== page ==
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Deployed Air Force father surprises young sons at Lincoln Elementary in Prescott with early return

United States Air Force Staff Sgt. Ken Knobbe surprises eight-year-old son, Kameron, in his second-grade classroom at Lincoln Elementary School in Prescott. Knobbe is Prescott High alum. His wife, Annalise, is in the background. (Nanci Hutson/Courier)

United States Air Force Staff Sgt. Ken Knobbe surprises eight-year-old son, Kameron, in his second-grade classroom at Lincoln Elementary School in Prescott. Knobbe is Prescott High alum. His wife, Annalise, is in the background. (Nanci Hutson/Courier)

In a stealth mission like no other, United States Air Force Staff Sgt. Ken Knobbe sneaked inside a second-grade classroom at Lincoln Elementary just after noon on Wednesday, Nov. 6.

Dressed in combat fatigues, the short, dark-haired airman stepped quietly as he approached his target, a blond-haired boy listening to the Magic Treehouse story, “Polar Bears Past Bedtime.”

“DAD!” cried Kameron Knobbe as he leaped into his father’s arms hugging him tight around the neck.

Five days from Veterans Day, Knobbe surprised his second-grader and preschooler son, Kason, in their classrooms with his unexpected return from a Middle East security tour of duty started in March.

“What’s up dude?” Knobbe choked out as he kissed his son’s eager face to a chorus of oohs and aahs and applause from his classmates who along with Kameron were counting down the 27 days till Kameron expected his father’s return for the holidays.

“Daddy, I missed you!” Kameron said as his body was tightly wrapped around his father’s waist and his head buried into his shoulder.

For a solid five minutes, the class was enraptured with Kameron’s delight as he switched back and forth from silently peering into his Dad’s eyes as if to assure himself his father was holding him in his arms.

“I think he’s speechless,” declared his mother Annalise Halldorson Knobbe who picked up her Prescott High School sweetheart at the Sky Harbor International Airport just a couple hours before. He flew from a base in Spokane, Washington after returning from his duty post in an area he could describe to Kameron’s classmates only as a place where he was able to ride camels.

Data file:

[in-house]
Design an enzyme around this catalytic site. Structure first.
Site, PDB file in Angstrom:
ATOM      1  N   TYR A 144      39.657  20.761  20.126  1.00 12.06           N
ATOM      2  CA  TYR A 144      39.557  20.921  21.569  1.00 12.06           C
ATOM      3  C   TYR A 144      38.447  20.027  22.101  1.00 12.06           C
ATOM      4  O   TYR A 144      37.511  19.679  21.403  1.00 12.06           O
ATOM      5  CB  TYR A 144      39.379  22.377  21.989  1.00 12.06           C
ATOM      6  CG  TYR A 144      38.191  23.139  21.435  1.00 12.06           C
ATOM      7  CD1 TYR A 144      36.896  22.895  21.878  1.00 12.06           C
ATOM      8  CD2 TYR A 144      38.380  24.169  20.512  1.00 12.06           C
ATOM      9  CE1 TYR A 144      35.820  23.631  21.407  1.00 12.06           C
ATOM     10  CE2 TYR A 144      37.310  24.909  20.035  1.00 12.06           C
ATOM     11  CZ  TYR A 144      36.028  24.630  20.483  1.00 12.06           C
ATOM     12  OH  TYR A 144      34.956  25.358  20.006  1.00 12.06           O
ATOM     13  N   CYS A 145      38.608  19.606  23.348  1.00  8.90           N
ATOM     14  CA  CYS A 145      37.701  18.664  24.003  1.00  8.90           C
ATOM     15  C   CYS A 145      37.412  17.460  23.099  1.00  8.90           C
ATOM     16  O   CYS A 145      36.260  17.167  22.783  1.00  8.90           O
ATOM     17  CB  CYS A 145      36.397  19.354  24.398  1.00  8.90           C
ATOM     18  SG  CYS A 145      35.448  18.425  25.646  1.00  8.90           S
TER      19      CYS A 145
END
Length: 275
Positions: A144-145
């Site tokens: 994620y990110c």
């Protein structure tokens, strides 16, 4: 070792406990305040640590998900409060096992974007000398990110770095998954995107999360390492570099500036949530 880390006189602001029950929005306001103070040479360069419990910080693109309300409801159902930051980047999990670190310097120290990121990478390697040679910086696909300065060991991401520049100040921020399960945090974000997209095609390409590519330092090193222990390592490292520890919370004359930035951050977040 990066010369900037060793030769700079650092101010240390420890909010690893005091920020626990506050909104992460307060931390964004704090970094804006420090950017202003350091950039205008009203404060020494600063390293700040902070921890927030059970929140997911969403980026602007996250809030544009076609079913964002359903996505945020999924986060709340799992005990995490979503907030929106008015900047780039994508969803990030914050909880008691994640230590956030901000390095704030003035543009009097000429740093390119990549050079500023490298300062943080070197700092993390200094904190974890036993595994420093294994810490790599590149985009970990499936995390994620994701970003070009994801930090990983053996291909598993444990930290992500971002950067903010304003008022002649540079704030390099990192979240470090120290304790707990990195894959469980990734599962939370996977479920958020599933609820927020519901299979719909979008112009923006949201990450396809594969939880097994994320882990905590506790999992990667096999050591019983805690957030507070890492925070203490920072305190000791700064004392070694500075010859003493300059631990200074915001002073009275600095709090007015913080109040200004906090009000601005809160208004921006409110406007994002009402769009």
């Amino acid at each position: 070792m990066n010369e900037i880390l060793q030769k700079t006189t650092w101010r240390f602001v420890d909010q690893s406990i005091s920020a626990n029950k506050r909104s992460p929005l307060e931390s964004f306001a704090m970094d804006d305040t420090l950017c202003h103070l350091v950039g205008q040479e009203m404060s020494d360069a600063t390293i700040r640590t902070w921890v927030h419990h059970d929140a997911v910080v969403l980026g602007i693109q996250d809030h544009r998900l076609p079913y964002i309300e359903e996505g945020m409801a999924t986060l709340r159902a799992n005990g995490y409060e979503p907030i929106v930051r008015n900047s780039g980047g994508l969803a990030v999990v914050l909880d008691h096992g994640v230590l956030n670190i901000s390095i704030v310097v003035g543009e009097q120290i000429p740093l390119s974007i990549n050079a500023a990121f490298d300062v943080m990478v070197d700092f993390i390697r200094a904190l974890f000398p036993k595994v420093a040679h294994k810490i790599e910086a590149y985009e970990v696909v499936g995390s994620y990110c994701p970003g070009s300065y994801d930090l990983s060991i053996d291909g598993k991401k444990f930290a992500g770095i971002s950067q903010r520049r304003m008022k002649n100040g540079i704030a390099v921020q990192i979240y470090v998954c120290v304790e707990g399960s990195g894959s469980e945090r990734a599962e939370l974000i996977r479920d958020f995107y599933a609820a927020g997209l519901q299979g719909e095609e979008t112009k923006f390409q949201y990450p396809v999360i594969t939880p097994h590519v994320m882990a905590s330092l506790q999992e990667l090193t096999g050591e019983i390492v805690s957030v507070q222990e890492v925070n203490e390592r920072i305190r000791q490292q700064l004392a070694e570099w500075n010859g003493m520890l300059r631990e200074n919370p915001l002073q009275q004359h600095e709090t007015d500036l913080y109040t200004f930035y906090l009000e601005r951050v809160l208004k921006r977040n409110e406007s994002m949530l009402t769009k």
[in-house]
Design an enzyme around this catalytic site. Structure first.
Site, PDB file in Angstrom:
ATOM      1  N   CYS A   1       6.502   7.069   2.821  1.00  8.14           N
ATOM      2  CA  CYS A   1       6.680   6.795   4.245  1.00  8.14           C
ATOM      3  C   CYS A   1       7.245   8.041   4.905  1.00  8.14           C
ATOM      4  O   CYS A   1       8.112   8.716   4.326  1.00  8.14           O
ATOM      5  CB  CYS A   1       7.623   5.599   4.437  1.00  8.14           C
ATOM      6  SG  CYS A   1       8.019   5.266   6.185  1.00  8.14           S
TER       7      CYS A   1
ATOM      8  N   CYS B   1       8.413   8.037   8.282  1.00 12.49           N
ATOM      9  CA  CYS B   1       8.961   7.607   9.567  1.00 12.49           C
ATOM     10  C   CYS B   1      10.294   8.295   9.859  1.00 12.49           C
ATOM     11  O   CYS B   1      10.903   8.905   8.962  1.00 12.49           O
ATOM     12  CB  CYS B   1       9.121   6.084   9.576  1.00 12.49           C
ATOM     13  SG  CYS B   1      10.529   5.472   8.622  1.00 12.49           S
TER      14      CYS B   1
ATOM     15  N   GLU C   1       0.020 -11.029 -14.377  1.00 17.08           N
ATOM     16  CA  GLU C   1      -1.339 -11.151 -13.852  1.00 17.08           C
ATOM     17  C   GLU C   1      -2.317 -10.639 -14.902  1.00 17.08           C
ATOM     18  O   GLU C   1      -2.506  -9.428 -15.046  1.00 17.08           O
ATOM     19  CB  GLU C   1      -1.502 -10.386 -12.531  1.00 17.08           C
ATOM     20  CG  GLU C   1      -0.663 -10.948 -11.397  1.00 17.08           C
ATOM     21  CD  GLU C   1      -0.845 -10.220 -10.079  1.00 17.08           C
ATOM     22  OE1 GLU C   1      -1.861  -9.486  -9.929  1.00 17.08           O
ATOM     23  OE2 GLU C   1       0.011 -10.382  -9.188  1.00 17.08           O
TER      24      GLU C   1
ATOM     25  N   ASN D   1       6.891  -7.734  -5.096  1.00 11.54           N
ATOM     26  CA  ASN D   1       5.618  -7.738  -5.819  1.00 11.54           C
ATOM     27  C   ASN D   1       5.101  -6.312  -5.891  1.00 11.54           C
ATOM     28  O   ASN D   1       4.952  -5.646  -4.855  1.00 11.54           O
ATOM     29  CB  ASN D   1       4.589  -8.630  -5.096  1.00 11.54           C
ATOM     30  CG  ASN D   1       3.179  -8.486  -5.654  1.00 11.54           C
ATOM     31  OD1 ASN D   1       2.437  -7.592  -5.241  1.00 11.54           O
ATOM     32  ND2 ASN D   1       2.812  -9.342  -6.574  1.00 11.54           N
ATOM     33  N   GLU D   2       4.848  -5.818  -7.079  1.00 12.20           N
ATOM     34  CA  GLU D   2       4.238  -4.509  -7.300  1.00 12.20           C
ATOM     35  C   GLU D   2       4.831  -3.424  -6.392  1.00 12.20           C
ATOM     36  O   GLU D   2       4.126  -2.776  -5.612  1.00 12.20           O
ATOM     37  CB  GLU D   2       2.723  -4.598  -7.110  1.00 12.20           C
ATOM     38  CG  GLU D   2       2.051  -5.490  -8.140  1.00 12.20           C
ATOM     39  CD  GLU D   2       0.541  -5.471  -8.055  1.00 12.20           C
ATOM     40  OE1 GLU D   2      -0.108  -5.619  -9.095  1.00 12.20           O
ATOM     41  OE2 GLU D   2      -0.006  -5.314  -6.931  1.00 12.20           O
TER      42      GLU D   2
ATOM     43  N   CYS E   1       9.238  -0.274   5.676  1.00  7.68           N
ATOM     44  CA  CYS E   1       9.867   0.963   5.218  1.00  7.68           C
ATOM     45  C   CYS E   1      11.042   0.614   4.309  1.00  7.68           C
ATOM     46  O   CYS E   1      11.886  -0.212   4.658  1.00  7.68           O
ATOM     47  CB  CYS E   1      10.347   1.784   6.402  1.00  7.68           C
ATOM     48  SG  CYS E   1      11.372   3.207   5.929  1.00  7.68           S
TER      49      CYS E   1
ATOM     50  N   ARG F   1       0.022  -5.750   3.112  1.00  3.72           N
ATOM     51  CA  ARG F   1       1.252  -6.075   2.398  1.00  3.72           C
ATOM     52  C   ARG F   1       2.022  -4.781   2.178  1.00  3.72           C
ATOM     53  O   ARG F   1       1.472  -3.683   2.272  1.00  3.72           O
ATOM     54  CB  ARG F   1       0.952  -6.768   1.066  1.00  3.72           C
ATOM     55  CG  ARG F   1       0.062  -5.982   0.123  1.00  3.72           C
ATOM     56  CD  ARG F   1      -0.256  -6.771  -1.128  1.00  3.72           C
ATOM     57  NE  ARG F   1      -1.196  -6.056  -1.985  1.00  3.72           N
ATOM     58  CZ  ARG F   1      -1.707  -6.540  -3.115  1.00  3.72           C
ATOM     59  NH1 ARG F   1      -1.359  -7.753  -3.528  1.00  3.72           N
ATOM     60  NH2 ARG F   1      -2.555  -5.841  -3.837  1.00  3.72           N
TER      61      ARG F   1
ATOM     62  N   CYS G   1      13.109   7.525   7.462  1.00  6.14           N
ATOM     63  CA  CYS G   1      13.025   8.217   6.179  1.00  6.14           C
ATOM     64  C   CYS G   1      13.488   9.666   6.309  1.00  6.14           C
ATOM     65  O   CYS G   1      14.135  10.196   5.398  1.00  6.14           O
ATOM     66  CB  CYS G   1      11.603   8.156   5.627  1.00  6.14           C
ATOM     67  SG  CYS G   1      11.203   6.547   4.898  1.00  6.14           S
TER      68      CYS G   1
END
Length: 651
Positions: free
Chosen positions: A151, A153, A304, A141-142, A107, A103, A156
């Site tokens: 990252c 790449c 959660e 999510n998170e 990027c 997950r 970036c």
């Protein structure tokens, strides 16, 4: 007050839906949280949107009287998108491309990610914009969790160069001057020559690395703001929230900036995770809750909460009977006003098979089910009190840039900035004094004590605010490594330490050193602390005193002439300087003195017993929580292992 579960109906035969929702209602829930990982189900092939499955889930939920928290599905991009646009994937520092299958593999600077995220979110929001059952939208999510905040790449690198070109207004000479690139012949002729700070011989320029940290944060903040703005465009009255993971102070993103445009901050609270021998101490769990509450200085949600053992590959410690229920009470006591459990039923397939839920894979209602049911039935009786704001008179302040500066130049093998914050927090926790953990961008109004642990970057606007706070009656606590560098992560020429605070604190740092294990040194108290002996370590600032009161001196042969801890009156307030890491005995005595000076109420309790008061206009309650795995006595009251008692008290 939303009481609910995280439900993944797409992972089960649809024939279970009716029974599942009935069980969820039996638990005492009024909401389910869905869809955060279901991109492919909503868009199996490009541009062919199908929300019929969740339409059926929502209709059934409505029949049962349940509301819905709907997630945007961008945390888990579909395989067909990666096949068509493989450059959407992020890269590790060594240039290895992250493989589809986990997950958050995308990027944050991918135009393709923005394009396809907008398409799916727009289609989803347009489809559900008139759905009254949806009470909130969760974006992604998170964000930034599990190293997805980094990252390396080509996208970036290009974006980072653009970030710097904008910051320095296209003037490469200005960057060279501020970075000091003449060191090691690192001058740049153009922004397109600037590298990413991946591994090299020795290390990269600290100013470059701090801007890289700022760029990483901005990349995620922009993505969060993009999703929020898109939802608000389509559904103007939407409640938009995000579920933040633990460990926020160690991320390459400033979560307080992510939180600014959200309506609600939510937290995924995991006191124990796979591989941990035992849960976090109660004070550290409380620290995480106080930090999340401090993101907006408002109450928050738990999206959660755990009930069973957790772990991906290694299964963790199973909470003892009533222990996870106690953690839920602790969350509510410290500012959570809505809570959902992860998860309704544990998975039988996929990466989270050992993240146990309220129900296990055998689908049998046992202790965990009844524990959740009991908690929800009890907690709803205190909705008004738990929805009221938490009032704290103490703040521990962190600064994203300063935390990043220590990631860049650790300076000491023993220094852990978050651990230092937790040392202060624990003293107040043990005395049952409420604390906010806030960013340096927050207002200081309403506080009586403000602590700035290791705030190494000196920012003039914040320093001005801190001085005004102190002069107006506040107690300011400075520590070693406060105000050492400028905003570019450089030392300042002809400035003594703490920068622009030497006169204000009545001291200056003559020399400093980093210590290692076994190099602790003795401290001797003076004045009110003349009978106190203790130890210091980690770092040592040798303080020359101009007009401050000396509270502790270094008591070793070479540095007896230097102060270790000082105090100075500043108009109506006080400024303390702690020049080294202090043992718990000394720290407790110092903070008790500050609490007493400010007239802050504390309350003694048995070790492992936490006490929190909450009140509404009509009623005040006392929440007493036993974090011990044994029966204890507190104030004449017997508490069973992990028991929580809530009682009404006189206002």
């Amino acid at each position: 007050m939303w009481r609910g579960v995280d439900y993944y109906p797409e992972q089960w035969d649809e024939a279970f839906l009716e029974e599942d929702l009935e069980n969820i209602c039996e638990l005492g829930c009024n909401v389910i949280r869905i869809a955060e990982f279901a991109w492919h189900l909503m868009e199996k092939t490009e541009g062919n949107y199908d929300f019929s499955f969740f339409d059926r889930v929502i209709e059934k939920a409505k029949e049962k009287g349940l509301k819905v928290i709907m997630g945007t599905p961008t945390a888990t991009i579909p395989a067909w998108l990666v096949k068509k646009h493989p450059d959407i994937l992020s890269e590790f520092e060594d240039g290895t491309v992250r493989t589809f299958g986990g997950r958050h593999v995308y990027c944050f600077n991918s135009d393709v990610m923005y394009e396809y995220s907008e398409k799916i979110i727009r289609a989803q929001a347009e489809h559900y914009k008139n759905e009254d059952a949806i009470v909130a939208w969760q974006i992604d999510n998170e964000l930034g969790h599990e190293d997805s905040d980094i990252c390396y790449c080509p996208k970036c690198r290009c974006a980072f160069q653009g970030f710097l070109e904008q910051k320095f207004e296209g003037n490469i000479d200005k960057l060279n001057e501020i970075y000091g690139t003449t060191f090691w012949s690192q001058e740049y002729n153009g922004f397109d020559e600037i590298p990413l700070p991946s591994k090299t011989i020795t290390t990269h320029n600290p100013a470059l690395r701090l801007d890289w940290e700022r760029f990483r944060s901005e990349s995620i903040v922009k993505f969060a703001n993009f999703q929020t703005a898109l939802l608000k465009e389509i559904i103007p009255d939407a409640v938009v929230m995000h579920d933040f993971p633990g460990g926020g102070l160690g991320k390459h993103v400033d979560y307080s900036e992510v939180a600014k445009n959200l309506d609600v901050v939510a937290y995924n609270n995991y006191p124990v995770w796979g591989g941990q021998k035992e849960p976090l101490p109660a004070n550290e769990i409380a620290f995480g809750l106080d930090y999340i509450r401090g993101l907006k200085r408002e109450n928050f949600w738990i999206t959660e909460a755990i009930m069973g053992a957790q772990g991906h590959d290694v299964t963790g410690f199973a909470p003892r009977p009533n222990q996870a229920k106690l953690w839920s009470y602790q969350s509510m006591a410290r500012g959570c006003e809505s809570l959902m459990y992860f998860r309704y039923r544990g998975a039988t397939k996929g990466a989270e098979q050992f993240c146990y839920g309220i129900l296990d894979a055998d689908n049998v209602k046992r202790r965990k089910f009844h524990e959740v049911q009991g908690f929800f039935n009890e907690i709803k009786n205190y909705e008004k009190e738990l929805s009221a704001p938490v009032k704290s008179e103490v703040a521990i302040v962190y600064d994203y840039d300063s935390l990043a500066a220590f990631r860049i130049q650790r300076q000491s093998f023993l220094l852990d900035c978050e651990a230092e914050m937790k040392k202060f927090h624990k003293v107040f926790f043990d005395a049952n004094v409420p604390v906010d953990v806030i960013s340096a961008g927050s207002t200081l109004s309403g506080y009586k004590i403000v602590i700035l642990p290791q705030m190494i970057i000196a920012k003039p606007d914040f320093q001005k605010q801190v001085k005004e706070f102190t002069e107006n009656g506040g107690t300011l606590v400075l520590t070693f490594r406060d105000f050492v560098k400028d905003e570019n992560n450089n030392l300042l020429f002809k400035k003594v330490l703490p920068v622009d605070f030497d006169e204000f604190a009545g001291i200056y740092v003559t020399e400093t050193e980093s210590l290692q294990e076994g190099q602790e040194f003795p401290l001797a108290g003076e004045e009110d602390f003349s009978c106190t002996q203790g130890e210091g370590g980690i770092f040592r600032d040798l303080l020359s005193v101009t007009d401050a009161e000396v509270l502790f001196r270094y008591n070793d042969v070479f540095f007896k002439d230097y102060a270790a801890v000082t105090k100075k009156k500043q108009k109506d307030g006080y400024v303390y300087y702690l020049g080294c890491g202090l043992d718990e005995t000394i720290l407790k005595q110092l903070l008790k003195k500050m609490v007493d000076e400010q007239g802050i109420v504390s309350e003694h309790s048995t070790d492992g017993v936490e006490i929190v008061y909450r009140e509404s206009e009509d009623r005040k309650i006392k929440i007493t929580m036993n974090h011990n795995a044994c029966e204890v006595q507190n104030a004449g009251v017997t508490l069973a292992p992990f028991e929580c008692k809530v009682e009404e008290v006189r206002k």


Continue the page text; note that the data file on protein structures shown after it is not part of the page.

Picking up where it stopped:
The young Knobbe family moved to Prescott from Spokane. Annalise and the two boys have been living with her mother, Sandra, with their Great Dane and Labrador retriever, since the 30-year-old career Air Force noncommissioned officer left on his overseas assignment. The family will remain together in Prescott through the holidays and then will be relocating to his next base in Colorado.

Within the next two years, Annalise said it is likely her husband will again be deployed for an unspecified assignment. His plan is to retire from the military in 10 years.

Kameron’s teacher, Kim Dillon, said she so appreciates the family sharing the surprise with her class that has been studying about Veterans Day and what it means to be in the military and serving others.

“He’s a super great kid. All the kids just love him. It’s so fun to be part of something that is so nice for him,” Dillon concluded.

Holding on tight to his father, Kameron departed his classroom. His father still had yet to complete his mission — a surprise reuniting visit with his younger son.

Again the moment left the adult witnesses —teachers, staff and family — wiping tears from their eyes.

“Daddy!” Kason exclaimed as he raced toward his father’s waiting arms. “I missed you.”

Kason’s classmates peppered their teacher Sandy Tuite-Libby with questions about Knobbe.

“Is he a soldier? He looks like a soldier,” shouted one little girl.

“This is just wonderful,” Tuite-Libby declared. “I have taught for 35 years, 30 years in New Hampshire and five years here, and this is the first time this has ever happened.”

Principal Karen Hughes was equally exuberant about the impact of such a surprise on everyone.

“We deal with a gambit of emotions at school every day. But this is the good stuff,” Hughes said. “I’m honored they wanted to do this at school. It made everyone on this campus so joyous.”

As they prepared for an early exit, both boys clamored for a place on their father’s hip.

First stop — Peter Piper Pizza. Then maybe a couple rounds of Super Mario Brothers.

Kameron informed his father that his little brother has become quite proficient at the video game.

With his arms full of boys, and his smiling wife and mother-in-law in tow, Knobbe was all smiles.

“I’m lucky.”

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